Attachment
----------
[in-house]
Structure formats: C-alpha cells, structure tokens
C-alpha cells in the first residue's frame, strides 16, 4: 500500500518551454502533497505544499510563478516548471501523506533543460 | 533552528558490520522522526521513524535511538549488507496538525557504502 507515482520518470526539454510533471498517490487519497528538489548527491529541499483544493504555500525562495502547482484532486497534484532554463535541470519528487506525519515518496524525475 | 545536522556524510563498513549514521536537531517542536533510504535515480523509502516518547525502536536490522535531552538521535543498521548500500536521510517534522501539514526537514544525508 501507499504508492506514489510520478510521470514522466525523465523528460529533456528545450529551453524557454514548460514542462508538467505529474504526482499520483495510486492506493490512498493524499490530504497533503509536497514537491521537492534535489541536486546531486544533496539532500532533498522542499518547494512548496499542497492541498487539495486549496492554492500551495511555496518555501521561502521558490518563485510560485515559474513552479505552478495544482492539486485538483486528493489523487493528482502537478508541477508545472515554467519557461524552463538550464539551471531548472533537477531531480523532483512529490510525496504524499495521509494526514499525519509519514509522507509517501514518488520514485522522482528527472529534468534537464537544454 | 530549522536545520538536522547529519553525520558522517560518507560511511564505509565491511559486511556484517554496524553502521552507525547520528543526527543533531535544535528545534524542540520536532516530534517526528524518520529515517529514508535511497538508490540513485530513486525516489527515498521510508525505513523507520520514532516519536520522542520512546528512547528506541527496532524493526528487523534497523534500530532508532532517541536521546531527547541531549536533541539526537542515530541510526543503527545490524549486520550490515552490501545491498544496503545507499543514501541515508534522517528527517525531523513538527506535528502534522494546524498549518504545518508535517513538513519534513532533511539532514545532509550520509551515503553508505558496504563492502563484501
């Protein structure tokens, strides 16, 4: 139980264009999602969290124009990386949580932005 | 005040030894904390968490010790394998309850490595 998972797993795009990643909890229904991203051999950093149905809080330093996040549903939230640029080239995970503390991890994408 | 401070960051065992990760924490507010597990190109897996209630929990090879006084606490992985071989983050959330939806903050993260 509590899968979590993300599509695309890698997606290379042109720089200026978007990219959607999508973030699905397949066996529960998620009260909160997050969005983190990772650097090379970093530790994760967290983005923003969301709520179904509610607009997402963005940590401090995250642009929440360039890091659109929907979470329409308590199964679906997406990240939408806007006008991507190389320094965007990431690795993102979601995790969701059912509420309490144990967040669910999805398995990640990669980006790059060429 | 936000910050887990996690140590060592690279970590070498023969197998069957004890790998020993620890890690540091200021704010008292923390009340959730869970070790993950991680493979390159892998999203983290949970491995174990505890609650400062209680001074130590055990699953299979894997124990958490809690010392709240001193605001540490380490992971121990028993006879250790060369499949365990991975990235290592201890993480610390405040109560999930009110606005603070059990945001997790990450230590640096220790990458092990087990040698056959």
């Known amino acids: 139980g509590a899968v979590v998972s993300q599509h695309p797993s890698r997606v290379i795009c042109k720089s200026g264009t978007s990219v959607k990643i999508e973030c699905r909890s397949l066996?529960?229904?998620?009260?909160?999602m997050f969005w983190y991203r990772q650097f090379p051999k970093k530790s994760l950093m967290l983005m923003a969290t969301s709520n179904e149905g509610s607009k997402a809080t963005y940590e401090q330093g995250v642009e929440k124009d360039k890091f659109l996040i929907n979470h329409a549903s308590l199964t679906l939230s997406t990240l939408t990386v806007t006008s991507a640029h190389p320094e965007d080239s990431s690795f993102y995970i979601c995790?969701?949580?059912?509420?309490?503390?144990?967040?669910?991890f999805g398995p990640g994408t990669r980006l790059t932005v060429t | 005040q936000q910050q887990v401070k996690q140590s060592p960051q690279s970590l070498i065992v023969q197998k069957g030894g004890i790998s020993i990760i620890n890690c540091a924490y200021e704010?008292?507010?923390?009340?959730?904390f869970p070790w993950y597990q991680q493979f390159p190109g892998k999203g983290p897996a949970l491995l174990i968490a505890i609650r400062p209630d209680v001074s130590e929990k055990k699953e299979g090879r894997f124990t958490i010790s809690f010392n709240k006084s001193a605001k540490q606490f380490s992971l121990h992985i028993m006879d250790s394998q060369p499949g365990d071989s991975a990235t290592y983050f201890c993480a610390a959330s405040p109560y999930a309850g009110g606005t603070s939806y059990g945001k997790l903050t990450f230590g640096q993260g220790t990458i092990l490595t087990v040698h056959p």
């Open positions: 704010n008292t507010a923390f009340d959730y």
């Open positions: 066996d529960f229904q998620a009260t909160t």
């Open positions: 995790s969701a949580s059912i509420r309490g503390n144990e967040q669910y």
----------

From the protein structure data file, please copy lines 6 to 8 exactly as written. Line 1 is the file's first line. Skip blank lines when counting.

């Open positions: 704010n008292t507010a923390f009340d959730y």
């Open positions: 066996d529960f229904q998620a009260t909160t």
């Open positions: 995790s969701a949580s059912i509420r309490g503390n144990e967040q669910y």